First, let’s start with the withers and what their roll is in performance. I want to see a horse have some withers. Yes, all horses have withers, but I am referring to being able to see the withers. Take into consideration that much like the crest of the neck some horses, if they are on the obese side, will carry some fat in the wither area like the crest of the neck. This is not what I am referring to. What I am referring to is the horse that has its withers buried in between its shoulder blades. One reason that I do not like this is because I will have a hard time getting my saddle to not slip or roll on the horses back. This is not a deal killer but it is definitely something to take into consideration. But, I do feel that it is very important that the horse should definitely be taller at the wither than at the croup or tall point of the hip. At the very least be level or the same height . Why? Good question, if the withers are higher it is going to be easier for the horse to be lighter on his front end, plus making it easier to stop and work off of his rear end. The key thing to look for is that the horse is taller at its withers than at the butt or hip.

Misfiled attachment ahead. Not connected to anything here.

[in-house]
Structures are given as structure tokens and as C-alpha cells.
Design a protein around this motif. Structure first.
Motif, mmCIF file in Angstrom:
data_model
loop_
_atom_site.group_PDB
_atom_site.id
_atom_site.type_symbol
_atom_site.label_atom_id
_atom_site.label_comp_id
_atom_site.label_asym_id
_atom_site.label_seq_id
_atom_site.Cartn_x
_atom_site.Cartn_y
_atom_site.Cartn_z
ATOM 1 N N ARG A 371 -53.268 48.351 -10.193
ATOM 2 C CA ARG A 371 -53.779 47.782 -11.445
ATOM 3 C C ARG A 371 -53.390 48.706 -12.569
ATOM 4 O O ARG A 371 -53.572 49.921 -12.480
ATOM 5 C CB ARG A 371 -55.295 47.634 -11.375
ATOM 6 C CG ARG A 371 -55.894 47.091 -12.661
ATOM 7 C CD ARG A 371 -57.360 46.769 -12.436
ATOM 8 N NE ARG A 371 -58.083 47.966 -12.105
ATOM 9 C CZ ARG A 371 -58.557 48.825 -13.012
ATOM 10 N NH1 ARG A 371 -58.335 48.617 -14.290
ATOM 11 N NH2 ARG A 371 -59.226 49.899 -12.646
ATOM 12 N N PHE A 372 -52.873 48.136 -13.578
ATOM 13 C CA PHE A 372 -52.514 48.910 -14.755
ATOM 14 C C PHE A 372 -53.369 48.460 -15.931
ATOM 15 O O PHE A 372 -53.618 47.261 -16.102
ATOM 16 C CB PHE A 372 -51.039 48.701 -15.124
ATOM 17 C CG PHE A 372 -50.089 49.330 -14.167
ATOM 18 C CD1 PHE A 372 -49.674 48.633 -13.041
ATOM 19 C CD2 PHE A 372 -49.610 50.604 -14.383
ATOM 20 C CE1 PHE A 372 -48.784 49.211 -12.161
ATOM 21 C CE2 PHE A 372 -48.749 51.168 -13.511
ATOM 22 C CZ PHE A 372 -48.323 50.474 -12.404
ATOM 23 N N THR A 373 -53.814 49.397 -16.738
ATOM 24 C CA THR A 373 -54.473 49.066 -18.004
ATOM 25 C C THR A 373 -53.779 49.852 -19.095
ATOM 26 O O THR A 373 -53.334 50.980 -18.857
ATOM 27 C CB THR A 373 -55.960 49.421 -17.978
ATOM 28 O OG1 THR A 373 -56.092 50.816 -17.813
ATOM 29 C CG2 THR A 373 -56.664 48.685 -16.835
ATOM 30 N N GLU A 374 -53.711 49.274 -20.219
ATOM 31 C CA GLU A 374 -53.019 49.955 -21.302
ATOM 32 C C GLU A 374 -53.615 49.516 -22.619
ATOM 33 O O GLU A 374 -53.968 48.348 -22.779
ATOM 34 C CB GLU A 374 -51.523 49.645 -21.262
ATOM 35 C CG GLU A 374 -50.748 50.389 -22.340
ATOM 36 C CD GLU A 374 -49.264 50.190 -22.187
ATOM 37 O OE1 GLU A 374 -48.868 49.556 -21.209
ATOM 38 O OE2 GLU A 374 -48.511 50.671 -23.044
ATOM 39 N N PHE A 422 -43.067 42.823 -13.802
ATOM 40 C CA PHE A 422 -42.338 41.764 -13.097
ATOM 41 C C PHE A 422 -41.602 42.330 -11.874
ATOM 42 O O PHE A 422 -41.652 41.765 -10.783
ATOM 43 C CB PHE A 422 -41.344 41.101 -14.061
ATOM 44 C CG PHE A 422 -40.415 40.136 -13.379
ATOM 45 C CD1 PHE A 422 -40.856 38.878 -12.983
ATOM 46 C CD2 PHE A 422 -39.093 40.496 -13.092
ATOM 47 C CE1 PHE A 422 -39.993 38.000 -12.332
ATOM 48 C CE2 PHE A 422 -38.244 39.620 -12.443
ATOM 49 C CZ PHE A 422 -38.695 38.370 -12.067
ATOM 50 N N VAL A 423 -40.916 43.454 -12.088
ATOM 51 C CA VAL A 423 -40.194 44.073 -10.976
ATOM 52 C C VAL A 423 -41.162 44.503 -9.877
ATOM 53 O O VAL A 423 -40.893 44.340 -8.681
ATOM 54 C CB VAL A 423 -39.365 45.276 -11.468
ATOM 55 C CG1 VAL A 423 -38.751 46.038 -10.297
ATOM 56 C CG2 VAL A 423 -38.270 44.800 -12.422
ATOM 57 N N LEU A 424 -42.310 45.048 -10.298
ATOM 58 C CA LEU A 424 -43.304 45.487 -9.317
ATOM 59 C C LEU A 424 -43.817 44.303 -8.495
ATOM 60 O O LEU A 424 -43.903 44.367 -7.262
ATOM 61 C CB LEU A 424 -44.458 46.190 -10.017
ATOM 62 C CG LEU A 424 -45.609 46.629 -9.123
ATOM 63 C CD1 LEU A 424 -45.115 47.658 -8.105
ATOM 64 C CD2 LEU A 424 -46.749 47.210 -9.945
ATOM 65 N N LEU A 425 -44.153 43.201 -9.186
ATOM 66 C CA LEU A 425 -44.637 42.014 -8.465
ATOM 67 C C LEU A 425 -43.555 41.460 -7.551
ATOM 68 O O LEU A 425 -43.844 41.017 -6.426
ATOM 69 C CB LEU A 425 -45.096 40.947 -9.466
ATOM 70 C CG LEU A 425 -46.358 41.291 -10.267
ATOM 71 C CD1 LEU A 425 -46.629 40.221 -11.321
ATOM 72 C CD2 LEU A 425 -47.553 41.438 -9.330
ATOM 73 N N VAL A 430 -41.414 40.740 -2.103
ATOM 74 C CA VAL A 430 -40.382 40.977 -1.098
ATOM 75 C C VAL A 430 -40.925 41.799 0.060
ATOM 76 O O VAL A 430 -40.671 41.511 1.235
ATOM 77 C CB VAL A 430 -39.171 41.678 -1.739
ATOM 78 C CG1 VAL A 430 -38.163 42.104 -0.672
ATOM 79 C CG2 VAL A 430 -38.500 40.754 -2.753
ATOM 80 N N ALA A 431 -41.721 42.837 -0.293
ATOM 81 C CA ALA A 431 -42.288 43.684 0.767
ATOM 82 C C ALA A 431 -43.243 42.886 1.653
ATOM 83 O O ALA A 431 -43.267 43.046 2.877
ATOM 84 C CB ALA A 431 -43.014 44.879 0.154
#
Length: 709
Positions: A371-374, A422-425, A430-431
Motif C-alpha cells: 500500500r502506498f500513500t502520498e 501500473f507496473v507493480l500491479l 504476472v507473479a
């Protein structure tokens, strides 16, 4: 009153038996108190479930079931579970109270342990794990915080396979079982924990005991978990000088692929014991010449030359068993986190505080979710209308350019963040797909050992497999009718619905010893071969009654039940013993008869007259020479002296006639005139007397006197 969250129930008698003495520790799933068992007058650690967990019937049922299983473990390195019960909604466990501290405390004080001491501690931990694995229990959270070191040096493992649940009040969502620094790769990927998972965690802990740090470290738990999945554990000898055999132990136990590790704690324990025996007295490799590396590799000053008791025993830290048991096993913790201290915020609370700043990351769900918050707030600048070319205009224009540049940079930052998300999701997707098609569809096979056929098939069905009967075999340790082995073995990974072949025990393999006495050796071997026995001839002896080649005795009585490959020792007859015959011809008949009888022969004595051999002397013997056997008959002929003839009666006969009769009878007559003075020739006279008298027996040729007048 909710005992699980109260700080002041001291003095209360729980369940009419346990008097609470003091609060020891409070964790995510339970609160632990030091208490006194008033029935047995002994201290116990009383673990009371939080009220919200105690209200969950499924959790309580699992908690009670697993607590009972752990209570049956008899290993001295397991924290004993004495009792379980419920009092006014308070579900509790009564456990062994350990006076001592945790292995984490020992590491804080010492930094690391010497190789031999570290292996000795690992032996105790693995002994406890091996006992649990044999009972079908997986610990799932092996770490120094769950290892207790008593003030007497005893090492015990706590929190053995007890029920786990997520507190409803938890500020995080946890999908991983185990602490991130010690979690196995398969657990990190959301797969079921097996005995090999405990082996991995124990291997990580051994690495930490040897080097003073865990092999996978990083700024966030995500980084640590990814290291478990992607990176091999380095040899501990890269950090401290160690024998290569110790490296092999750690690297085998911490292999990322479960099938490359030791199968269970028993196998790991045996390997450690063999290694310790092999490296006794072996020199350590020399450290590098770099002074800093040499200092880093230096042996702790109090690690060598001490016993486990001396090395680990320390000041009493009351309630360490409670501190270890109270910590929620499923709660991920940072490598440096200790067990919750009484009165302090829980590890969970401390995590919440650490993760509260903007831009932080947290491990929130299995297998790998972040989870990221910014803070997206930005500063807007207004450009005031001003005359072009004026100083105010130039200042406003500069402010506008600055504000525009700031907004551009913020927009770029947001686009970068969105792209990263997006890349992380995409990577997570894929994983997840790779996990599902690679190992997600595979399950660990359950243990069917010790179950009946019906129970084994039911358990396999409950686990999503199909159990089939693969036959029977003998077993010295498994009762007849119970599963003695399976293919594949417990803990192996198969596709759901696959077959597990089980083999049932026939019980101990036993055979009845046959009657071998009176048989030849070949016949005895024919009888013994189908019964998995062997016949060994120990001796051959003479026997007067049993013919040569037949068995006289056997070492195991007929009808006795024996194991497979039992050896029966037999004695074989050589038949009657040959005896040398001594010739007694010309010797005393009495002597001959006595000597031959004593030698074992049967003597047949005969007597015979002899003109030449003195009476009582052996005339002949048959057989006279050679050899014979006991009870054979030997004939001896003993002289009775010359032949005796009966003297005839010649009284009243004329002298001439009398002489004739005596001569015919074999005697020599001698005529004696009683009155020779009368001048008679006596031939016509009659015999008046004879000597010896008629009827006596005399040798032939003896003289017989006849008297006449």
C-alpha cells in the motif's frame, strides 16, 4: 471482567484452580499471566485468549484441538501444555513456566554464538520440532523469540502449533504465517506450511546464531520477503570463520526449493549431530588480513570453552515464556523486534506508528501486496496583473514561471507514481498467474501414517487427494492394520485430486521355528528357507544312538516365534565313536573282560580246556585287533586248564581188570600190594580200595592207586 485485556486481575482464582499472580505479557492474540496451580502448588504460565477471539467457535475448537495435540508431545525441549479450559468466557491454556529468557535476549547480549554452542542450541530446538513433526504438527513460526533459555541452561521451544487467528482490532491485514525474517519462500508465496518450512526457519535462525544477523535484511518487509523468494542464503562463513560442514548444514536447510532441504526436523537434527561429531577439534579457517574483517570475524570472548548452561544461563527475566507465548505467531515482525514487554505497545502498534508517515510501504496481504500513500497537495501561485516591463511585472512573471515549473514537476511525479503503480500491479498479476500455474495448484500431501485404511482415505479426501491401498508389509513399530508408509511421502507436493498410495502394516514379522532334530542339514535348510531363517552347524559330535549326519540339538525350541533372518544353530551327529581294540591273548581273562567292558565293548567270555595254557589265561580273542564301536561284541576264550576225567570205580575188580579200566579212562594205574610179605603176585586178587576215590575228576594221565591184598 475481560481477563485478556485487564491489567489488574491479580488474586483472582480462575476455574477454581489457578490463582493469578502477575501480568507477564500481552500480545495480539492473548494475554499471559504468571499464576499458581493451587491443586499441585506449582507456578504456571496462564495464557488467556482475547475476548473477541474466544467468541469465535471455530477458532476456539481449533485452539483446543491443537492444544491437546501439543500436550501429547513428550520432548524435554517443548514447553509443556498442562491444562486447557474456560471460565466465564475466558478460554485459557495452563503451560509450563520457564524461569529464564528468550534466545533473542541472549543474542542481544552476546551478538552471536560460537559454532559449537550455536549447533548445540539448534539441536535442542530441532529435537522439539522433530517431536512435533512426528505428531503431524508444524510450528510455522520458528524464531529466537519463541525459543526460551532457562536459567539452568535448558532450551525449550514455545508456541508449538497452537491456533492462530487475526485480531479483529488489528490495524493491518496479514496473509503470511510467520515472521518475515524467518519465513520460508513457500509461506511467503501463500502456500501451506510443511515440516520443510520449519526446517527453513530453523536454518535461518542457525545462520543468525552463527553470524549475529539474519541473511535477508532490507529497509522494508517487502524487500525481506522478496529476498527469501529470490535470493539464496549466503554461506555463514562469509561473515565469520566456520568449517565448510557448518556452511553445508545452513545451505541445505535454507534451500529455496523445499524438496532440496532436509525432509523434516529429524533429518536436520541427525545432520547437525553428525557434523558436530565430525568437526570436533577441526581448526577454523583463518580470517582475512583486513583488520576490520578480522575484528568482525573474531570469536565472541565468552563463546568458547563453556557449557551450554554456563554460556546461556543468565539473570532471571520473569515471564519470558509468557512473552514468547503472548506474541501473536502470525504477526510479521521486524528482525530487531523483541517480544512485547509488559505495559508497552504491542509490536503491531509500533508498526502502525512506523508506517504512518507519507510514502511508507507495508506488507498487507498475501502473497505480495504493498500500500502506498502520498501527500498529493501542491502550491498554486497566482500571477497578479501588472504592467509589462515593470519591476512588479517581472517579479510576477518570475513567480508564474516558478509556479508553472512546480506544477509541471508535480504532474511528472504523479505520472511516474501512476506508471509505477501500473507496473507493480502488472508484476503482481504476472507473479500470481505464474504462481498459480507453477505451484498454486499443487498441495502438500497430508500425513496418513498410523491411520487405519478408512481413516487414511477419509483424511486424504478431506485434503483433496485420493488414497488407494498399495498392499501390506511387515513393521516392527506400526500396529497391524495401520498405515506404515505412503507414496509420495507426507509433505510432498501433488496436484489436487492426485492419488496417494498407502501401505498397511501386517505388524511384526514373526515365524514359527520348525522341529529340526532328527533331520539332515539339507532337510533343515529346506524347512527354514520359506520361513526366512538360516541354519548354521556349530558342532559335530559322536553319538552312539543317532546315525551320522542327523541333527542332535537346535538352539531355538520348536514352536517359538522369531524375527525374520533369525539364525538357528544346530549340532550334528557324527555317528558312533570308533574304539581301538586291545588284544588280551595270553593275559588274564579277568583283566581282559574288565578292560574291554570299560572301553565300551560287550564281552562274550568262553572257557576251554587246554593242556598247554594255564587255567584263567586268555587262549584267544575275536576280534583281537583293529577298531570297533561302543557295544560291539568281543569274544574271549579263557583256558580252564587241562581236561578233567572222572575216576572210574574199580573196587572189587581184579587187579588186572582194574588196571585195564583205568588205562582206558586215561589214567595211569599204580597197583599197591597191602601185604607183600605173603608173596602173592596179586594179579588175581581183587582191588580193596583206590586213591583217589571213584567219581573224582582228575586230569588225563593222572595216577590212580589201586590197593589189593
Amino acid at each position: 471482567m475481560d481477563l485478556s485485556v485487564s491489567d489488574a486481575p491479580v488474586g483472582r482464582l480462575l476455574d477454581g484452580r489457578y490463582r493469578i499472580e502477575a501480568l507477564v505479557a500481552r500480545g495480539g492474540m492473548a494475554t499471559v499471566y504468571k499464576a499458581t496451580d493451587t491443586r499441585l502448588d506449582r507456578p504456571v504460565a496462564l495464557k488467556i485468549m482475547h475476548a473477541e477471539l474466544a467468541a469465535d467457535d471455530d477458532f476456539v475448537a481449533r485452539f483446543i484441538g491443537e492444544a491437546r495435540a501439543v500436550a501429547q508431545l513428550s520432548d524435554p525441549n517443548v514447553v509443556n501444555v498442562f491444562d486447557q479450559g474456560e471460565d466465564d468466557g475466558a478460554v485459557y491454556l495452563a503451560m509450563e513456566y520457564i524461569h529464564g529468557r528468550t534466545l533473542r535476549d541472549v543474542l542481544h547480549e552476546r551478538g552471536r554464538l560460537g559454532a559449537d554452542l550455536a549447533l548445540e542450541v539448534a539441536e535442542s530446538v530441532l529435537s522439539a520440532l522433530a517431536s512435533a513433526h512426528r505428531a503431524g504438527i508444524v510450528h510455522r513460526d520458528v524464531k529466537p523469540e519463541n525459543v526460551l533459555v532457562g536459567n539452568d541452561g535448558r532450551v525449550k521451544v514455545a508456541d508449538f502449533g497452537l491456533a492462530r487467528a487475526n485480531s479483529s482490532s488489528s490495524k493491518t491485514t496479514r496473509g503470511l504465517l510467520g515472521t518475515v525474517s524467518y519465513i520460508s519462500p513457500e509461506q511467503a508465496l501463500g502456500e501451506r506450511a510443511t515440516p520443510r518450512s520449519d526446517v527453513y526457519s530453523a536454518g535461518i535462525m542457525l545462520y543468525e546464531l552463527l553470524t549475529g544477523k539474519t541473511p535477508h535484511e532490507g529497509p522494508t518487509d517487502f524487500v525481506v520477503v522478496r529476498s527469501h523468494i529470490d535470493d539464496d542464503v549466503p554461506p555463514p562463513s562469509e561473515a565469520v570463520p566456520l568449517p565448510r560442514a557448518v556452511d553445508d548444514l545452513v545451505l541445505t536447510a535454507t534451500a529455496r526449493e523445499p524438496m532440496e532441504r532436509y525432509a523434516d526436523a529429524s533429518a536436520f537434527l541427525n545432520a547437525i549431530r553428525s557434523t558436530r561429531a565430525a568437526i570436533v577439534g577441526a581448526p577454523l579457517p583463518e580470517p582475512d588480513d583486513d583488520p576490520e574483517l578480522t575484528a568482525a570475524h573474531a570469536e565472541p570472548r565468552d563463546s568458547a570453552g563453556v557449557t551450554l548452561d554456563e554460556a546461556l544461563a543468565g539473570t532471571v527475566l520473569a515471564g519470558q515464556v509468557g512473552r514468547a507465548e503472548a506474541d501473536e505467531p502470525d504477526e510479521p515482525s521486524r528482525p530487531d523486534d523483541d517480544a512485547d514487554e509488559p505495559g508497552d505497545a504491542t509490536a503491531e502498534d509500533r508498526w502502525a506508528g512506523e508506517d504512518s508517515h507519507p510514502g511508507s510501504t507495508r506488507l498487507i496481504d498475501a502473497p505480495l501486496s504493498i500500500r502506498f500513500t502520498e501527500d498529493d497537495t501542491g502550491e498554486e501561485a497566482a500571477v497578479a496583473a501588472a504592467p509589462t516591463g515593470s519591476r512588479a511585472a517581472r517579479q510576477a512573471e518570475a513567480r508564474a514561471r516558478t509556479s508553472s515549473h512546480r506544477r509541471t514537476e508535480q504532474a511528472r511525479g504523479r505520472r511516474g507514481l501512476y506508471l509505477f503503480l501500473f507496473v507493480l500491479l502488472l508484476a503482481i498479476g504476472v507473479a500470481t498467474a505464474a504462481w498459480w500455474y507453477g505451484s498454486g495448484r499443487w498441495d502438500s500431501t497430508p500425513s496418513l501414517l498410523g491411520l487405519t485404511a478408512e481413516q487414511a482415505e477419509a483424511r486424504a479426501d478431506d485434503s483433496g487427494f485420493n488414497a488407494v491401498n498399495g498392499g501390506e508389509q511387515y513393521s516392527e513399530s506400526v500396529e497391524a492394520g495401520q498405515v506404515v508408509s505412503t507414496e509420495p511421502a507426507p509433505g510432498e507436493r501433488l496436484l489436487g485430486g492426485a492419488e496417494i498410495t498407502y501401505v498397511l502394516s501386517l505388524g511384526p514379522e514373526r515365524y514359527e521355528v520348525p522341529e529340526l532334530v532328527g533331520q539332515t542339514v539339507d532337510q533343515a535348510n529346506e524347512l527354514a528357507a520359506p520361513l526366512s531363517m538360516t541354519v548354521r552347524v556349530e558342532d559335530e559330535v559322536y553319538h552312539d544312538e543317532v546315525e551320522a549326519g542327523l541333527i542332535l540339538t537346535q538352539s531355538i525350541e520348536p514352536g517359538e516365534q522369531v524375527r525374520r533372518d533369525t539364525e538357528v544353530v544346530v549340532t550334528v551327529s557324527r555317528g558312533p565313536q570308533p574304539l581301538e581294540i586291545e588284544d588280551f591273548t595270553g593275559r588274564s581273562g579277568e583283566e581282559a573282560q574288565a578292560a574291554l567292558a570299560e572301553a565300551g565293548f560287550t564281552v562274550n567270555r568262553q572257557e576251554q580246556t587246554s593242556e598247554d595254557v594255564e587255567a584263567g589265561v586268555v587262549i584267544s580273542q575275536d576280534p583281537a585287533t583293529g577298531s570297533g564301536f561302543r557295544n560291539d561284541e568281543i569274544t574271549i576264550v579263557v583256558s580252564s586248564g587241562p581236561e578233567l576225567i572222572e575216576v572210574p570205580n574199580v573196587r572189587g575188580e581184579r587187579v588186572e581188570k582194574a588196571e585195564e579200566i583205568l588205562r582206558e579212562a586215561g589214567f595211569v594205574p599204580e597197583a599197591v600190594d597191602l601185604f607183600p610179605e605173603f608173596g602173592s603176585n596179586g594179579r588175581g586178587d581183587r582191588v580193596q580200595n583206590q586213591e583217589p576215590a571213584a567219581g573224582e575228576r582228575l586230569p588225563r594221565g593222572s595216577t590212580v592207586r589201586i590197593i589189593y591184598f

Moving on to the chest, shoulders and front legs. When looking at the chest I like to see a horse that is broad in the chest. That is just a personal preference. But, I do not want to see a horse that has both of his front legs coming out of the same hole. Meaning that I do not like a horse that stands with his front legs real close together. This will result in interference later when asked to perform difficult maneuvers. I also like for the chest, or chest muscles to be out in front of the legs. Mostly because I will be asking for this horse later in training to spin which requires them to step over or cross their front legs a lot. If the chest muscles are directly between the front legs, this becomes difficult.
Now, moving on to front legs. I would have to say that the single most important thing about legs is that they are straight. There are a couple of reasons for this. One is from a breeding stand point. Conformation is hereditary and if the horse is clubby on one foot or toes in, you have a good chance of passing this on to your offspring. The second part to this is that a big flaw in this area of conformation will eventually lead to a breakdown in performance and could eventually lead to injury. But keep in mind that this is not always a kill factor when looking at a horse. Example: You have two horses and one has a lot going for him and performs all of the desired movements for the event you are going for, but is a little crooked on one leg. Horse number two legs are straight as a string and built great, but it does not have the desire to do diddle. Money is better spent on the horse that wants to perform.
Next month we will discuss the back, hip and hocks.